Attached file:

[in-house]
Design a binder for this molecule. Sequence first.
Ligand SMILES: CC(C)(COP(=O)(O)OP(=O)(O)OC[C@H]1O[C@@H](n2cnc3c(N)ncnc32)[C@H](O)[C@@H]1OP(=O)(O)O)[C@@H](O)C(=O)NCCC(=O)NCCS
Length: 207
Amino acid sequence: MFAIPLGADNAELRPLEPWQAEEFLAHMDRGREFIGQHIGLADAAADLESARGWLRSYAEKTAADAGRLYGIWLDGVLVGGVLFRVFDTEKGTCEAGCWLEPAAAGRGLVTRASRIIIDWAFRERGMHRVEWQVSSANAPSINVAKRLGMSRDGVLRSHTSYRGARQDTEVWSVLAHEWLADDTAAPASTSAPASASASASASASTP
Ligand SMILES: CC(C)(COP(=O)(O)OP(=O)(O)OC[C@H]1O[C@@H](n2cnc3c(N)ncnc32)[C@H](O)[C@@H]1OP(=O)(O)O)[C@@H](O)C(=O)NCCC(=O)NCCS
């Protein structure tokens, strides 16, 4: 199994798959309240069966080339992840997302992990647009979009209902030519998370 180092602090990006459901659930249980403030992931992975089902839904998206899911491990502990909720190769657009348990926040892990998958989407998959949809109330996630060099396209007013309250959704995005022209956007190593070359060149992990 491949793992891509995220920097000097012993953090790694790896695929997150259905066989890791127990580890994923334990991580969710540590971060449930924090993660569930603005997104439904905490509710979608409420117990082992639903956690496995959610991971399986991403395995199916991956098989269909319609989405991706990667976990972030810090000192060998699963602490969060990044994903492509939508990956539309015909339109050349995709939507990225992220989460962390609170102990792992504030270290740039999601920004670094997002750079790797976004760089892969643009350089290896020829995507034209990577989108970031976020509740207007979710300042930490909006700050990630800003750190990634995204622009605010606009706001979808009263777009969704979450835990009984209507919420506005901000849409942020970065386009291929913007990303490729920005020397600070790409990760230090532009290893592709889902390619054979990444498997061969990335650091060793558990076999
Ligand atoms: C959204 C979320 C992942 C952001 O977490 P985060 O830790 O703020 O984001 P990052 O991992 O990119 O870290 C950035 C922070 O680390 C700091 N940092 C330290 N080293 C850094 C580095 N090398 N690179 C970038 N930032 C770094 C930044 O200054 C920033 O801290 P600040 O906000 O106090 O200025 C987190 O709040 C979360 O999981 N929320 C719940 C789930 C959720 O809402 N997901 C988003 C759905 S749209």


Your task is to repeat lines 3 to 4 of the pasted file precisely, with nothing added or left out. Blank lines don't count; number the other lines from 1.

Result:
Ligand SMILES: CC(C)(COP(=O)(O)OP(=O)(O)OC[C@H]1O[C@@H](n2cnc3c(N)ncnc32)[C@H](O)[C@@H]1OP(=O)(O)O)[C@@H](O)C(=O)NCCC(=O)NCCS
Length: 207